Pronounced: hi-poe-spa-dee-us


With hypospadias, the opening of the urethra develops on the underside of the penis. The urethra is the tube that connects the bladder to the outside of the body so that urine can exit. In most boys, the opening is at the tip. The penis may also have a downward curve. This is called chordee.

The Male Reproductive System

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Causes    TOP

Hypospadias occurs when the penis develops while the child is in the womb. The cause of hypospadias is usually not known.

Risk Factors    TOP

Risk factors include:

  • Family history of hypospadias
  • Mother being older or having in vitro fertilization
  • Environmental exposures or fetal growth problems during the pregnancy

Symptoms    TOP

Symptoms may include:

  • Opening of urethra is not at the tip—may be near the underside of the penis head, along the shaft of the penis, or at the base of the penis
  • Downward curvature of the penis
  • Abnormal spray when urinating
  • Foreskin that only covers part of the head of the penis

Diagnosis    TOP

This condition is usually diagnosed at birth. More tests may be done if your child has other conditions.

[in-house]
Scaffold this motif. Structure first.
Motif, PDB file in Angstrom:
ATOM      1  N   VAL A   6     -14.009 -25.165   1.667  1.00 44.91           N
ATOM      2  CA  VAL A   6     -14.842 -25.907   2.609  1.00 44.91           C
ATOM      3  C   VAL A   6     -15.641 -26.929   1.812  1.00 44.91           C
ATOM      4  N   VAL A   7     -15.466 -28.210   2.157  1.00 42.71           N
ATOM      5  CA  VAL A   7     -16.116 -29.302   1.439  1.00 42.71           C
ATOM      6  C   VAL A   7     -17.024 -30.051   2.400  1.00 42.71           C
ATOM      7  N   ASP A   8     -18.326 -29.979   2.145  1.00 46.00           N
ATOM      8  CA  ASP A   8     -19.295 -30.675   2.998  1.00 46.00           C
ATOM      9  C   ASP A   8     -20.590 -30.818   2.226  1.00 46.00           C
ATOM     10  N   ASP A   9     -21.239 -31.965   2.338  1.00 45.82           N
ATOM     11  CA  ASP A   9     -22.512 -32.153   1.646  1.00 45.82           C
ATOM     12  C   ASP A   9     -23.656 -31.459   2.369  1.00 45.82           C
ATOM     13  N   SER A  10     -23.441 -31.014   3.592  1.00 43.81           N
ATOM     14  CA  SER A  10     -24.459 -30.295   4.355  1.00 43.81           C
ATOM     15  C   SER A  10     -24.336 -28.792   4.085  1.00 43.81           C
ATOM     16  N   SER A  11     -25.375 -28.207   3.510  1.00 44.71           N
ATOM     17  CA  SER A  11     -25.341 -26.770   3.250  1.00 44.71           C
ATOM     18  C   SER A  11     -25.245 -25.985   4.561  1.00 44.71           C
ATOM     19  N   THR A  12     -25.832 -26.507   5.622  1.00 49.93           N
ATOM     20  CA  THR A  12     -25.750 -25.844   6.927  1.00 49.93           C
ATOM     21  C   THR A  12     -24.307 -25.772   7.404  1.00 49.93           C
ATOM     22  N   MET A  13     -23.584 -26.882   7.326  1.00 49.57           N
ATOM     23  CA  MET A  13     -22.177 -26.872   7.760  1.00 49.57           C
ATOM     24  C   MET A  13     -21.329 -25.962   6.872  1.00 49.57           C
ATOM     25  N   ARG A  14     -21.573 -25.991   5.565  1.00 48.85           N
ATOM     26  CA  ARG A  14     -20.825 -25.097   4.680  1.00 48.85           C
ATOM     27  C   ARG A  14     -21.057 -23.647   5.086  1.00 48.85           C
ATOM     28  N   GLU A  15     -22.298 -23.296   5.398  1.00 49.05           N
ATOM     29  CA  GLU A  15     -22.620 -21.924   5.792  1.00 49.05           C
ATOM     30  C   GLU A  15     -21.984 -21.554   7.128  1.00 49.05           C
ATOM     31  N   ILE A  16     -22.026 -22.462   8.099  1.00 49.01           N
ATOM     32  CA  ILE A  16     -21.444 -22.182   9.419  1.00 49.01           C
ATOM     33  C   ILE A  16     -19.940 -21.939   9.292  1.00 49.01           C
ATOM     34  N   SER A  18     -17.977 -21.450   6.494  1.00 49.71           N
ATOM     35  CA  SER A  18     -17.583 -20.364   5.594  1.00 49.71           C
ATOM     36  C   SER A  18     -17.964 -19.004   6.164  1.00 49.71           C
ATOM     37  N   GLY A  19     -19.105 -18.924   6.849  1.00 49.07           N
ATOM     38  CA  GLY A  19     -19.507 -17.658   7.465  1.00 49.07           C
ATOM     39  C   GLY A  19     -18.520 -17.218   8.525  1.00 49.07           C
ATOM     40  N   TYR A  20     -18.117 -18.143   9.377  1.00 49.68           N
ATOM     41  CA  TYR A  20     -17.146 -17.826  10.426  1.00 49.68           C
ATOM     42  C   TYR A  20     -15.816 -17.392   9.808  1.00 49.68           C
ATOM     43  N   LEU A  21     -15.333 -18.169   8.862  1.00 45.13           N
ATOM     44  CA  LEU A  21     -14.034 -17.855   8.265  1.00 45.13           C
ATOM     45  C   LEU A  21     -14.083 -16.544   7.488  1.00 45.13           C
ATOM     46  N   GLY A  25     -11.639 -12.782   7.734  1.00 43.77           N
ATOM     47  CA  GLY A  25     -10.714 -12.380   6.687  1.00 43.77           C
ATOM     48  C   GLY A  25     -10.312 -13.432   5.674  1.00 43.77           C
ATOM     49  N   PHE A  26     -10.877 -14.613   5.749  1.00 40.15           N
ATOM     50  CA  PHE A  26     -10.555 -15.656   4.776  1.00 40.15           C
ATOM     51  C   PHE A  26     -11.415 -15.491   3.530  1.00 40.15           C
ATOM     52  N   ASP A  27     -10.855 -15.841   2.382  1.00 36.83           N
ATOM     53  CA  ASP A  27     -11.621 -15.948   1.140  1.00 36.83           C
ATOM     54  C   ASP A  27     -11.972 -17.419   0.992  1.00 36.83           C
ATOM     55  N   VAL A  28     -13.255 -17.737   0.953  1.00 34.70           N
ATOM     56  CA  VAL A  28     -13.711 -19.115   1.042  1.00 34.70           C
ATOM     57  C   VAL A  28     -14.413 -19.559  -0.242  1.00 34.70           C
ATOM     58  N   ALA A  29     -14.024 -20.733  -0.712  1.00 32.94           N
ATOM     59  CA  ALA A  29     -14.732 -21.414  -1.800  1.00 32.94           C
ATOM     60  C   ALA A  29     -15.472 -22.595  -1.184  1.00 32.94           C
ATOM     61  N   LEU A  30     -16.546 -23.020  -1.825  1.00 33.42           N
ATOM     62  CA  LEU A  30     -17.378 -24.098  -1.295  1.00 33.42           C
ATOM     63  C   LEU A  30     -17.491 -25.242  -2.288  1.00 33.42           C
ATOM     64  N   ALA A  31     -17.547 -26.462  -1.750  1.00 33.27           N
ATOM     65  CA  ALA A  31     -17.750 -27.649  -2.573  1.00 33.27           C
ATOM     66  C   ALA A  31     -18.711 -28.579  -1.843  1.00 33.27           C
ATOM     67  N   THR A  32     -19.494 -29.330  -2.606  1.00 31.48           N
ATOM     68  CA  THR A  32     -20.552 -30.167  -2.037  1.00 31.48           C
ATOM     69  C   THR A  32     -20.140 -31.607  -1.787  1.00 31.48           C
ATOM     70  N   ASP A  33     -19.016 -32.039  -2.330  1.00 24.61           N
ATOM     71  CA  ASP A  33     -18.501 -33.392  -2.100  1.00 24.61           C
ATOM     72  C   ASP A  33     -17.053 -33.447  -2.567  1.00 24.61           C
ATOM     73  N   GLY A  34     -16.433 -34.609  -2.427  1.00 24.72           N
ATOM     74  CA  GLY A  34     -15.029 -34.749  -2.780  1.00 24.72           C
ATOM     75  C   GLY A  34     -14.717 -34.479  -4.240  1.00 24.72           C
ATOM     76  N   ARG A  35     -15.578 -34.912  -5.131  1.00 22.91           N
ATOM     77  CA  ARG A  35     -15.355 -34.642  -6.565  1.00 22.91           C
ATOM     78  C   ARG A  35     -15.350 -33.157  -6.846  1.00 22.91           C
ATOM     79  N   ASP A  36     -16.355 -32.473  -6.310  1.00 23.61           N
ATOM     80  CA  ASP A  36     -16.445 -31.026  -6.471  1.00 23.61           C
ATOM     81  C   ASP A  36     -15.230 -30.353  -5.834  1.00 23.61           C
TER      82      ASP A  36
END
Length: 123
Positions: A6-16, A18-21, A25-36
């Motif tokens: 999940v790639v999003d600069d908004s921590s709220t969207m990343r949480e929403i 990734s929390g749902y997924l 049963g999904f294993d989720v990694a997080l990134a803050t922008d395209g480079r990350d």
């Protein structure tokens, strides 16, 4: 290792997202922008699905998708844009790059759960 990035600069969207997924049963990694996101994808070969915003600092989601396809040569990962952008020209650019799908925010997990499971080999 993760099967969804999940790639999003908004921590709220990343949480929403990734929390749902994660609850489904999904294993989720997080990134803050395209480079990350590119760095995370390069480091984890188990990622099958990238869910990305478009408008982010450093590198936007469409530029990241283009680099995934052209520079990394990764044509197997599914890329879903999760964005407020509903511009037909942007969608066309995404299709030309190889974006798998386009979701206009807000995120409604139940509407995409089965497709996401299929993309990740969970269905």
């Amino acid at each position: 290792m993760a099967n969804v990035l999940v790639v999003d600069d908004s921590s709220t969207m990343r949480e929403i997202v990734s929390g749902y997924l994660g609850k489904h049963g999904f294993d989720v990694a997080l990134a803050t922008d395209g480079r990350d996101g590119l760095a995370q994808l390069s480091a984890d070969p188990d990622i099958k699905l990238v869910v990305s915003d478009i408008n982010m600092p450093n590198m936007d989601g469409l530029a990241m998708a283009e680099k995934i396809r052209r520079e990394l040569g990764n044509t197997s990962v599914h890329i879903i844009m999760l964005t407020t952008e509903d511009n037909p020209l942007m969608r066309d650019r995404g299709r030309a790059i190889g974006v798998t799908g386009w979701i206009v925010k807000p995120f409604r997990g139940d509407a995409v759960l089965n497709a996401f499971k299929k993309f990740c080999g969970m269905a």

Treatment    TOP

With mild forms, no treatment is needed. If the condition causes functional problems, surgery may be done. The surgery is done by a doctor called a pediatric urologist.

If the urethral tissues cannot be brought back together, tissue grafts are used, usually from the foreskin or inside of the mouth. These grafts are used to:

  • Reconstruct the opening of the urethra
  • Straighten a curved penis

Surgery is typically done when the child is 6-18 months old, but may be done at any age.

Prevention    TOP

There is no known way to prevent this condition.


American Urological Association
Healthy Children—American Academy of Pediatrics


Canadian Urological Association


Hypospadias. EBSCO DynaMed website. Available at:
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Updated May 14, 2015. Accessed September 1, 2015.
Hypospadias: a birth defect of the penis. Healthy Children—Academy of Pediatrics website. Available at:
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Updated August 20, 2015. Accessed September 1, 2015.
Last reviewed September 2015 by Adrienne Carmack, MD
Last Updated: 9/30/2014

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